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One Company’s Cautionary Tale About Advanced Pricing Agreements

23rd March 2022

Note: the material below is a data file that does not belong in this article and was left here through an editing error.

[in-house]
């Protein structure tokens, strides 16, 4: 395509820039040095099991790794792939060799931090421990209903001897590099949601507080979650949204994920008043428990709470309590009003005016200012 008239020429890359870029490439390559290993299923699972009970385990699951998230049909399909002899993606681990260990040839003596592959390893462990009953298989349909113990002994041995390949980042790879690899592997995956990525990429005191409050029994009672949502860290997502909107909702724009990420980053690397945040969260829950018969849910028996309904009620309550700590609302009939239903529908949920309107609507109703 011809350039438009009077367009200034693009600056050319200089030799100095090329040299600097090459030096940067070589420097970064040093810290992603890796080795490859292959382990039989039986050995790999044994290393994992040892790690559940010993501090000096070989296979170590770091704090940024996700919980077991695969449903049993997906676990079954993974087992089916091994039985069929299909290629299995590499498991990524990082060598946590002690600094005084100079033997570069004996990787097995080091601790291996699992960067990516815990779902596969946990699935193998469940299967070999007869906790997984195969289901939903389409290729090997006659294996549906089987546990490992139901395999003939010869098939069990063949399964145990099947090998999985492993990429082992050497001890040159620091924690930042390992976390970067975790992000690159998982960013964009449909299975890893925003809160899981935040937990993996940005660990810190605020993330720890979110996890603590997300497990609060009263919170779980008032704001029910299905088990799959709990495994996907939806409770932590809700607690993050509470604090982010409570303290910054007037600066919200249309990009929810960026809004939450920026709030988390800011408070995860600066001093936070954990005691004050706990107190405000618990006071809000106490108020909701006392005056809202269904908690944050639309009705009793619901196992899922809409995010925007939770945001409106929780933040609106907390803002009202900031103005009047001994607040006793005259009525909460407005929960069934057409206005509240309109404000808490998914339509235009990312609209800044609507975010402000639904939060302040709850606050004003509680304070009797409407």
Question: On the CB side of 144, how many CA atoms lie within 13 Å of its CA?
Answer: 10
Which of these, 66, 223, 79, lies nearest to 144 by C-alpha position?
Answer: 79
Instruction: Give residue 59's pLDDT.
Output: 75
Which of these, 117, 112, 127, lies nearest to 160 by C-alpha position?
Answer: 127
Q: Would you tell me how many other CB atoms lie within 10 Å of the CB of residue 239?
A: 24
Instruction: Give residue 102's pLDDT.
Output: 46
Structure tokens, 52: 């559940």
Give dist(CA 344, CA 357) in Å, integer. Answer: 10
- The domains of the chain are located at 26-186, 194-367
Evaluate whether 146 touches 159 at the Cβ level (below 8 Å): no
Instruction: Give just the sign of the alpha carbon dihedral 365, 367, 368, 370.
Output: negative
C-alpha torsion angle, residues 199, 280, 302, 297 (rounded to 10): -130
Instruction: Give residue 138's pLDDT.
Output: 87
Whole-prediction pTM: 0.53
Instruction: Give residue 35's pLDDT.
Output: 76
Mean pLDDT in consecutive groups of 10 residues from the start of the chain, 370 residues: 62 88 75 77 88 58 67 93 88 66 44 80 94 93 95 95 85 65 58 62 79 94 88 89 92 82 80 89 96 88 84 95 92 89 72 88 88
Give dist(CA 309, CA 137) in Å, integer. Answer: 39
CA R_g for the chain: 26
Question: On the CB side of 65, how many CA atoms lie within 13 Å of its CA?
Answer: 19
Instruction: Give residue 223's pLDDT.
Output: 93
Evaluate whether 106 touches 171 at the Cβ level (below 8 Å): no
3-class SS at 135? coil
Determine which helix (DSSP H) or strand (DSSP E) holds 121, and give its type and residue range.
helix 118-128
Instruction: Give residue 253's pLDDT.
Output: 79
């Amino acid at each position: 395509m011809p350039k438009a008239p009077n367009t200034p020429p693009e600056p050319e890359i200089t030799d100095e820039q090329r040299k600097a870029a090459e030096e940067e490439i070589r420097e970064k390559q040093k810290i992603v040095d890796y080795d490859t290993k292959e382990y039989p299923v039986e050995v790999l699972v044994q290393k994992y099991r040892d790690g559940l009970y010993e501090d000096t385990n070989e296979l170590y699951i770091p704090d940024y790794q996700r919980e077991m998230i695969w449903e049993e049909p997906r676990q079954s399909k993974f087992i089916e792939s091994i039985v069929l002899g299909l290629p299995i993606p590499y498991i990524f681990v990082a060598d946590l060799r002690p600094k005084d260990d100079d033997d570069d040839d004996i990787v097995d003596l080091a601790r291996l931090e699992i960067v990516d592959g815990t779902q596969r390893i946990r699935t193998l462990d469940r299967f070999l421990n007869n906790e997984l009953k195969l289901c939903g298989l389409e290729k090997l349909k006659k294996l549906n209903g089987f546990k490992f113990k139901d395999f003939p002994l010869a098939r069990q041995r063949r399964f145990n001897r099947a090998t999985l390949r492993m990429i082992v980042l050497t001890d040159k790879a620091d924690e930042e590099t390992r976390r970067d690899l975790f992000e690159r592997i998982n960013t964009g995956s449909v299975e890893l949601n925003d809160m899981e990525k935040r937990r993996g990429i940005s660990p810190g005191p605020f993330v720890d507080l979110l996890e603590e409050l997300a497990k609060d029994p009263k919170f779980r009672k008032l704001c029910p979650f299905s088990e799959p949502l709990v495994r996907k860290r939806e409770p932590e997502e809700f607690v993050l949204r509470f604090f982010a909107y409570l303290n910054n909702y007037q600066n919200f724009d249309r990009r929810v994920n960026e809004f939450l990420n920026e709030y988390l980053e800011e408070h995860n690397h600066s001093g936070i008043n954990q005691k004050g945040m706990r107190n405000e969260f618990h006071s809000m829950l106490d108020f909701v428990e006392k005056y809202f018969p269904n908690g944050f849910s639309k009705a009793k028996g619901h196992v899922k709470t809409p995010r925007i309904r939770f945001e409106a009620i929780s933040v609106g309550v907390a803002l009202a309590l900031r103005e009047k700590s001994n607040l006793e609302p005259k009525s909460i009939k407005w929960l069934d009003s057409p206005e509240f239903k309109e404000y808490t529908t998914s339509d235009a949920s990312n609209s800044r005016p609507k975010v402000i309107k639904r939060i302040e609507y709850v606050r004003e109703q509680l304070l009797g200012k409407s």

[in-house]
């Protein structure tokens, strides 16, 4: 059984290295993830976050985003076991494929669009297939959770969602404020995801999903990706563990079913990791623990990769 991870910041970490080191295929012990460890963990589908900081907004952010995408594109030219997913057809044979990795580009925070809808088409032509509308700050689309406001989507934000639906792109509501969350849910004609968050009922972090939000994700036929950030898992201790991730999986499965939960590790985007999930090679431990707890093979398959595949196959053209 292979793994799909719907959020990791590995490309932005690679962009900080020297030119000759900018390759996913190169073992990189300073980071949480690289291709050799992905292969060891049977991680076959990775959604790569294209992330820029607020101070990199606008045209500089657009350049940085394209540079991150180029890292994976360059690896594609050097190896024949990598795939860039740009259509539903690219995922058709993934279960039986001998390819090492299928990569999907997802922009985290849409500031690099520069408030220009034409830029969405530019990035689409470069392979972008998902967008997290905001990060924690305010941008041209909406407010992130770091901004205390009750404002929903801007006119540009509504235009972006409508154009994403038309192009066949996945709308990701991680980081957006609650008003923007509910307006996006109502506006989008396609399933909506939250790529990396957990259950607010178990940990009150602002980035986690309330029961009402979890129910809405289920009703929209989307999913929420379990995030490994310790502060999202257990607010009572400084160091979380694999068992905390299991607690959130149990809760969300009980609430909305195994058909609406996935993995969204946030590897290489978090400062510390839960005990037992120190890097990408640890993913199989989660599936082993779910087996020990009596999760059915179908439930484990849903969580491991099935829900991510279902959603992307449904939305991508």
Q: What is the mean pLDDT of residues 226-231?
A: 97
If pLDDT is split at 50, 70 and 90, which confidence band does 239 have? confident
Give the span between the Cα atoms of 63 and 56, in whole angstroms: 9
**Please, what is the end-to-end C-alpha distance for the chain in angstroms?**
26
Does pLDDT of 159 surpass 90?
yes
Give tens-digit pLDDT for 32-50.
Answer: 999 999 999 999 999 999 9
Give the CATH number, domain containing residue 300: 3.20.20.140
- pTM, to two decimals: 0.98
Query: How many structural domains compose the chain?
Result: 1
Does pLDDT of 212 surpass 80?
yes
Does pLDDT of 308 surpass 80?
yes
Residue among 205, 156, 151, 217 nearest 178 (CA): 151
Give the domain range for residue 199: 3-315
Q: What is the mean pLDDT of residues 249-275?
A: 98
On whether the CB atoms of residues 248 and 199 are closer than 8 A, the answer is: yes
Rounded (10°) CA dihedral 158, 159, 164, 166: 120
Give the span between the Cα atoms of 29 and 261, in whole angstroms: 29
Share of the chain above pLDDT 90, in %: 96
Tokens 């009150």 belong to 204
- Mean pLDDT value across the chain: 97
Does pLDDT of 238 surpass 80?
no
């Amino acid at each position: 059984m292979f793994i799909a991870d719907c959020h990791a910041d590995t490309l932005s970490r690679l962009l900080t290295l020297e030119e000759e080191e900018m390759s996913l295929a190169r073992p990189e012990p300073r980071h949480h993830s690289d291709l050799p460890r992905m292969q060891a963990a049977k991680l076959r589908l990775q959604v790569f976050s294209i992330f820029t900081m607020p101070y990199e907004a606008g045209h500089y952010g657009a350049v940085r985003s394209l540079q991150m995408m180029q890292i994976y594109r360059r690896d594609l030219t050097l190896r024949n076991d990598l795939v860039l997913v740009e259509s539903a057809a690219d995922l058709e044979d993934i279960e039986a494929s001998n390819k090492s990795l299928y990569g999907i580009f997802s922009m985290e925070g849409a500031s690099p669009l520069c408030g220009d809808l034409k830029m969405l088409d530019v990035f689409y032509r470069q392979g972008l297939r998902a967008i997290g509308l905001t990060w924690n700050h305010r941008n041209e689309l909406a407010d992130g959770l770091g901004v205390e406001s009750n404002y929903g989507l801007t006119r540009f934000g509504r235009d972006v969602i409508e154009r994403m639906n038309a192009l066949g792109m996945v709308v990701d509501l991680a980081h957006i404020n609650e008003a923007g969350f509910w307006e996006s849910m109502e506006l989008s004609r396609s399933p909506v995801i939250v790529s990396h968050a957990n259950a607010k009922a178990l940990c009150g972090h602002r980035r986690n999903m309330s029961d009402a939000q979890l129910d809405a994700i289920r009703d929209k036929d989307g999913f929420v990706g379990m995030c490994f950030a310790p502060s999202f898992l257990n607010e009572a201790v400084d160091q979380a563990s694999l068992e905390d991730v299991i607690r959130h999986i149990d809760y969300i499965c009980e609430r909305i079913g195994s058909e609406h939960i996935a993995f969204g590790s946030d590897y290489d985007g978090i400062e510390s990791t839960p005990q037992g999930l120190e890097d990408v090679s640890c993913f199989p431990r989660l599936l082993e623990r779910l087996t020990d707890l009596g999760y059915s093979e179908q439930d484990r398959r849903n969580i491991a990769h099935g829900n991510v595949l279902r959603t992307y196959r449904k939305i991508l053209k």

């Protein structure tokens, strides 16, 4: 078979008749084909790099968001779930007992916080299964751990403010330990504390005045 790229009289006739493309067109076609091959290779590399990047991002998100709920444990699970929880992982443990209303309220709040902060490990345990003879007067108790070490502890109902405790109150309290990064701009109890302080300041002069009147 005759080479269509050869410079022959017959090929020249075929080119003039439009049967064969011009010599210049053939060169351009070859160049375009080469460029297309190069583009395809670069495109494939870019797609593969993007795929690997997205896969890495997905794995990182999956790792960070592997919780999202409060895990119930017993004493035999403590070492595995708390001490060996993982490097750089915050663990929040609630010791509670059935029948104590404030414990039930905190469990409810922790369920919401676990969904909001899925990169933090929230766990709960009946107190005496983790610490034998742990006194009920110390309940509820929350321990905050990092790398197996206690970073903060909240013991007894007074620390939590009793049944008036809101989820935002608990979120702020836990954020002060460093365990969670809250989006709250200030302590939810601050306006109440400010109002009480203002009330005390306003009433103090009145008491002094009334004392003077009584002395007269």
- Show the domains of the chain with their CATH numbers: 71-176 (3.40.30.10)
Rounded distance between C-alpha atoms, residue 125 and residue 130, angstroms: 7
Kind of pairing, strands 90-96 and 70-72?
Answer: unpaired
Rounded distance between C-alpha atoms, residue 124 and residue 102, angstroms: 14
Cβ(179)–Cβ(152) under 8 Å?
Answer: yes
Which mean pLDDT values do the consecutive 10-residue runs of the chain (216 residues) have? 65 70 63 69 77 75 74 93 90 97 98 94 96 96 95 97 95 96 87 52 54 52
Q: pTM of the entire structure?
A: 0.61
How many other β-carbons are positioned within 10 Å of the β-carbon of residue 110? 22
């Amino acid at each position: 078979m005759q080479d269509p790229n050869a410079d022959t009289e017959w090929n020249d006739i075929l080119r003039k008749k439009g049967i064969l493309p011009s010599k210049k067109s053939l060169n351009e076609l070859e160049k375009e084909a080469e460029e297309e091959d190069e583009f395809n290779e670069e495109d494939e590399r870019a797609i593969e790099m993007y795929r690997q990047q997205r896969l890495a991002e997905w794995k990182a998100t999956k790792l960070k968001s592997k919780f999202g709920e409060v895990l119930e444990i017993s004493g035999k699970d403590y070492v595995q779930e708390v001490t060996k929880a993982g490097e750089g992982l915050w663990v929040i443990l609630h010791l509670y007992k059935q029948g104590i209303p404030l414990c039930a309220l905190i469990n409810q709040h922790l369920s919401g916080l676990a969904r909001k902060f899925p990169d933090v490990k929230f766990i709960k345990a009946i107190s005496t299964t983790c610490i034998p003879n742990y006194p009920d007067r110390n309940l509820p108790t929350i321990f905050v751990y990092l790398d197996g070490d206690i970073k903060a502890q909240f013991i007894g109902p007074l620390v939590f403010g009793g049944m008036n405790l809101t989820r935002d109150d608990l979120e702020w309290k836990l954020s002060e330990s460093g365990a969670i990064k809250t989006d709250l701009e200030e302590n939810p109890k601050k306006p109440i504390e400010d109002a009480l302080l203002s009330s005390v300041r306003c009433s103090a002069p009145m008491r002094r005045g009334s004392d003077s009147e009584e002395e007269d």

Advanced pricing agreements (APA) are seen as one of the most reliable forms of tax certainty in today’s world. But here’s the thing: They only work if you honor your part of the agreement. And while that may seem like a no brainer, certain companies still don’t seem to get it. Take Eaton Corp., for example. The multinational company had an APA with the IRS—and the IRS just terminated it, because Eaton didn’t live up to its side of the bargain. Instead of following the transfer pricing agreement, the company overstated its non-U.S. income by $165 million from 2005 to 2008. Here’s how the APA works: The tax authority, in this case, the IRS, lists set transfer prices that the company agrees to—and all the company has to do is adhere to that pricing and in return, the IRS will spend its time scrutinizing other companies. Not a bad deal. Except that in this case, Eaton used what the government called “grossly inaccurate” transfer prices. The APA reports showed transfer prices that didn’t adhere to the agreement and also, the company didn’t disclose the APA multiplier—a factor used to determine the price as a percentage of manufacturing costs. When the IRS issued penalties and canceled the agreements claiming the multinational didn’t live up to them, Eaton took matters to court—and won. It was a short-lived victory, though, because the IRS appealed at the Sixth Circuit Court, which ruled that the IRS was completely justified. While APAs do offer a degree of tax certainty, they are expensive to put together and require a lot of time and effort to negotiate. So, perhaps the moral of the story is when you jump through the hoops to get an APA, why not just go all the way and honor it?